Saturday, October 17, 2009

On Surviving

The more I look back the more I see clearly, the scars of the past follow me even now. The more I pursue the knowledge I feel I need, the more confused I get. Dispelling the blackness in the back of my mind is not an easy task if that is even possible. It’s only now that I realize what I’ve been running from most of my life and now I have nowhere left to run, just a back to the wall and a rearguard fight. The salvation I thought I would receive is nowhere to be seen, but I’ve made my choice now and I have o live with it. It’s funny how something I thought had no effect on me apart from material and locality has in fact coloured my whole existence, made me, for better or worse, who I am today. I kept thinking I was the one who was unaffected, who was above it all. Now I see the arrogance, the blinders that have brought me where I am today. I know now the deep depths at which my gut screamed to me, when and where I went wrong. I think I’m ready to listen to it now.

Surviving isn’t easy. It takes reserves of strength and climbing mountains that seem almost insurmountable, especially in the mornings and the stuffy afternoons. Everywhere I look I find walls, those that I’ve put up and those that have been put up. I found myself today falling into that old pattern, another checkpoint in the future where my life will change, begin. But now I’m googling how to start it now instead of further down the road. Fingers crossed and a strong heart.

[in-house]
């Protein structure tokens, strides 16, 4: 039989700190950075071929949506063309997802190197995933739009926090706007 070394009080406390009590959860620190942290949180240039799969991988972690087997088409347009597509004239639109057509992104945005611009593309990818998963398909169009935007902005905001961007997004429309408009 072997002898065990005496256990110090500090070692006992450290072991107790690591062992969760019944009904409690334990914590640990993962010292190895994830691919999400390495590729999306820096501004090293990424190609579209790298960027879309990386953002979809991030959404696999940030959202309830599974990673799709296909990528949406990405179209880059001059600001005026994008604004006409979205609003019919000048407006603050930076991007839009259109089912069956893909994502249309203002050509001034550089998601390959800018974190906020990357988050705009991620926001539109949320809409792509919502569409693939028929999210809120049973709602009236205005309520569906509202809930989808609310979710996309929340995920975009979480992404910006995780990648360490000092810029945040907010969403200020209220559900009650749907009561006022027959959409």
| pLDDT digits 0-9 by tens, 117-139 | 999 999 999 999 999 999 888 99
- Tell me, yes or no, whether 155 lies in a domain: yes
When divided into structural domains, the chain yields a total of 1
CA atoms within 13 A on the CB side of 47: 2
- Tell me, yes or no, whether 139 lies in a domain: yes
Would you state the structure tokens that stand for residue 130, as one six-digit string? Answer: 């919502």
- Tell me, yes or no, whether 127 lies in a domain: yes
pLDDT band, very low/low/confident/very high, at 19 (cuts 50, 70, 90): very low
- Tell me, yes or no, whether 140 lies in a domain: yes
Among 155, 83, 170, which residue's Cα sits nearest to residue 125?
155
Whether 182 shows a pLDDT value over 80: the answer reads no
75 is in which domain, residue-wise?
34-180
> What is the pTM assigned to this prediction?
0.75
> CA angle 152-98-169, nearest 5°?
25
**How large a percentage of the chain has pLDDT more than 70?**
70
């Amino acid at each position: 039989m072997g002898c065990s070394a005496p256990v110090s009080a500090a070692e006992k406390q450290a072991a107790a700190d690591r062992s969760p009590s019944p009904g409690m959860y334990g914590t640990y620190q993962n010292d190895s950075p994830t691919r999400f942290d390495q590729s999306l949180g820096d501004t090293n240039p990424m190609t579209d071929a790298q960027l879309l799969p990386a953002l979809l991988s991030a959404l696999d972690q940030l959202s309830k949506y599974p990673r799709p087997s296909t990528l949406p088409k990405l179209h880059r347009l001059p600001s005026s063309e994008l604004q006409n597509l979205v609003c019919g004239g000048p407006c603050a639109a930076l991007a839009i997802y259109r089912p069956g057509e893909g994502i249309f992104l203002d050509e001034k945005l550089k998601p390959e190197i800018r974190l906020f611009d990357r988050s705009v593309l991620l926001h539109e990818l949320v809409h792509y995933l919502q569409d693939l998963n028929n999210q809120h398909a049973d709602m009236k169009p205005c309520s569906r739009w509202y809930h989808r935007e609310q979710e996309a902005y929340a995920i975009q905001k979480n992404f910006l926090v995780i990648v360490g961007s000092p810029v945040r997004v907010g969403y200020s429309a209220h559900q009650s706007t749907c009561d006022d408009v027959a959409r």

Sunday, October 11, 2009

Consulting Memories

These two songs bring back some vivid memories. Nervous, sweaty palms sitting in my soon to be beloved RAV in a furniture store parking lot. I hadn’t had a lot of interview experience and I just remember leaning back in my seat, breathing deeply as Rob Thomas and Sufjan Stevens washed over me, wandering what 9am would bring. Agoura Hills was grey and cold as traffic whizzed by on the 101, blurs through the tall wire and I desperately tried to remember everything I had read about the company. Little did I know then that I was a few minutes away from a two and a half year journey. A journey that seemed to last a lifetime at the time but now seems to have only lasted an incandescent moment, one that was one of the most rewarding, most frustrating, challenging and difficult experiences of my life.

Looking back on it now I wonder if I did the right thing, walking away from it all. Of course you tend to remember the good and forget the bad as with anything in the past. I know I wouldn’t give up that experience for anything but it still wasn’t quite for me. The team was mostly great, DD and MC providing their endless encouragements and patient leadership, CD with his erratic brilliance, SM with her mothering, SR providing the musical background, MD with his surfing tales and understated humour, DS being the most demanding boss I have ever had. I still remember sitting in my office and dealing with the unfamiliar sensation that I would miss most of my workmates when I moved on, a feeling I hadn’t had thus far in my working life.